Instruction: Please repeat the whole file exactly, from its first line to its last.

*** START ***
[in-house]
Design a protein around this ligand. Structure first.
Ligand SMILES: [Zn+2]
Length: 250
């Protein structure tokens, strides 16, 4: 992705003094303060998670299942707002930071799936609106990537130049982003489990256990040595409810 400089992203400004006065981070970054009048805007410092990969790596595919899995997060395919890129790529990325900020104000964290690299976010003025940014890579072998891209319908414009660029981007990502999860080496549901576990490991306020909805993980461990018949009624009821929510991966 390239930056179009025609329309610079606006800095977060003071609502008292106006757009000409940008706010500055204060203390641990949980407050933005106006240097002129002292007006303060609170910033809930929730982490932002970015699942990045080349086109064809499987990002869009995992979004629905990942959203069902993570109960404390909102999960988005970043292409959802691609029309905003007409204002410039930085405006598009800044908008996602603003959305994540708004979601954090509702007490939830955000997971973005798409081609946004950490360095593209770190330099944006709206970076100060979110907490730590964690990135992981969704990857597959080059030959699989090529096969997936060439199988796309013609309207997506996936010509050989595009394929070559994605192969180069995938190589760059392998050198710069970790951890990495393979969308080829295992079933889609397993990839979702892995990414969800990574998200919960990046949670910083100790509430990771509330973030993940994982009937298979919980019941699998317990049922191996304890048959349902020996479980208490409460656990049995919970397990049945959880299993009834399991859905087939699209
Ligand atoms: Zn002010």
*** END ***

[in-house]
Design a protein around this ligand. Structure first.
Ligand SMILES: [Zn+2]
Length: 250
């Protein structure tokens, strides 16, 4: 992705003094303060998670299942707002930071799936609106990537130049982003489990256990040595409810 400089992203400004006065981070970054009048805007410092990969790596595919899995997060395919890129790529990325900020104000964290690299976010003025940014890579072998891209319908414009660029981007990502999860080496549901576990490991306020909805993980461990018949009624009821929510991966 390239930056179009025609329309610079606006800095977060003071609502008292106006757009000409940008706010500055204060203390641990949980407050933005106006240097002129002292007006303060609170910033809930929730982490932002970015699942990045080349086109064809499987990002869009995992979004629905990942959203069902993570109960404390909102999960988005970043292409959802691609029309905003007409204002410039930085405006598009800044908008996602603003959305994540708004979601954090509702007490939830955000997971973005798409081609946004950490360095593209770190330099944006709206970076100060979110907490730590964690990135992981969704990857597959080059030959699989090529096969997936060439199988796309013609309207997506996936010509050989595009394929070559994605192969180069995938190589760059392998050198710069970790951890990495393979969308080829295992079933889609397993990839979702892995990414969800990574998200919960990046949670910083100790509430990771509330973030993940994982009937298979919980019941699998317990049922191996304890048959349902020996479980208490409460656990049995919970397990049945959880299993009834399991859905087939699209
Ligand atoms: Zn002010």